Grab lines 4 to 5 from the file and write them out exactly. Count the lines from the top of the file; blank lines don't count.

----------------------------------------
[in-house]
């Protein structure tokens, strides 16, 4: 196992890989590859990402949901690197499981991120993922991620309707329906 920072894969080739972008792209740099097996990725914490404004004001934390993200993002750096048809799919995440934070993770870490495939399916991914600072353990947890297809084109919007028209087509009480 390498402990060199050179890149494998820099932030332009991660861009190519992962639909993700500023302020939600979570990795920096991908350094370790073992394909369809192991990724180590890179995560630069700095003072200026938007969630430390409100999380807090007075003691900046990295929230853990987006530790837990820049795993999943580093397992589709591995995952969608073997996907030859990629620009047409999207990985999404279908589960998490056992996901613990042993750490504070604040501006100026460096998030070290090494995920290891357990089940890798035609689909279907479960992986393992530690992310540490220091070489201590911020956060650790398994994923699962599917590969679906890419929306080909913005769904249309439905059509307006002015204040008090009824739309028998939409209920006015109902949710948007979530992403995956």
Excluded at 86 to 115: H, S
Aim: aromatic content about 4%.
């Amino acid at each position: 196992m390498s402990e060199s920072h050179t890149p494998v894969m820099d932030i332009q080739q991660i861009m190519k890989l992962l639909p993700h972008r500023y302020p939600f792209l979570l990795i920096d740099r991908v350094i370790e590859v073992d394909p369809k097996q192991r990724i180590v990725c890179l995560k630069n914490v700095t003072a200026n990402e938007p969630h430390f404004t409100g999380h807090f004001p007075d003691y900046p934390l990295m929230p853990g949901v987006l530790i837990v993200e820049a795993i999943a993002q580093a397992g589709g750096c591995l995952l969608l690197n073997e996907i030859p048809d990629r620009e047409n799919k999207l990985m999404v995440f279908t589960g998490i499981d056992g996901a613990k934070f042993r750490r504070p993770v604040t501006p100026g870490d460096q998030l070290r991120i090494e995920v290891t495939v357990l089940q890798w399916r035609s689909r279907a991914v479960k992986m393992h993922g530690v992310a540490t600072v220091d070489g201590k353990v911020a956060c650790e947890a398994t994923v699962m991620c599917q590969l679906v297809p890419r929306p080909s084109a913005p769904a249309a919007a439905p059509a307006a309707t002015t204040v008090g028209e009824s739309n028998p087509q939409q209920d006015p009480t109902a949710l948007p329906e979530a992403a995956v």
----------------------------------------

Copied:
Aim: aromatic content about 4%.
């Amino acid at each position: 196992m390498s402990e060199s920072h050179t890149p494998v894969m820099d932030i332009q080739q991660i861009m190519k890989l992962l639909p993700h972008r500023y302020p939600f792209l979570l990795i920096d740099r991908v350094i370790e590859v073992d394909p369809k097996q192991r990724i180590v990725c890179l995560k630069n914490v700095t003072a200026n990402e938007p969630h430390f404004t409100g999380h807090f004001p007075d003691y900046p934390l990295m929230p853990g949901v987006l530790i837990v993200e820049a795993i999943a993002q580093a397992g589709g750096c591995l995952l969608l690197n073997e996907i030859p048809d990629r620009e047409n799919k999207l990985m999404v995440f279908t589960g998490i499981d056992g996901a613990k934070f042993r750490r504070p993770v604040t501006p100026g870490d460096q998030l070290r991120i090494e995920v290891t495939v357990l089940q890798w399916r035609s689909r279907a991914v479960k992986m393992h993922g530690v992310a540490t600072v220091d070489g201590k353990v911020a956060c650790e947890a398994t994923v699962m991620c599917q590969l679906v297809p890419r929306p080909s084109a913005p769904a249309a919007a439905p059509a307006a309707t002015t204040v008090g028209e009824s739309n028998p087509q939409q209920d006015p009480t109902a949710l948007p329906e979530a992403a995956v």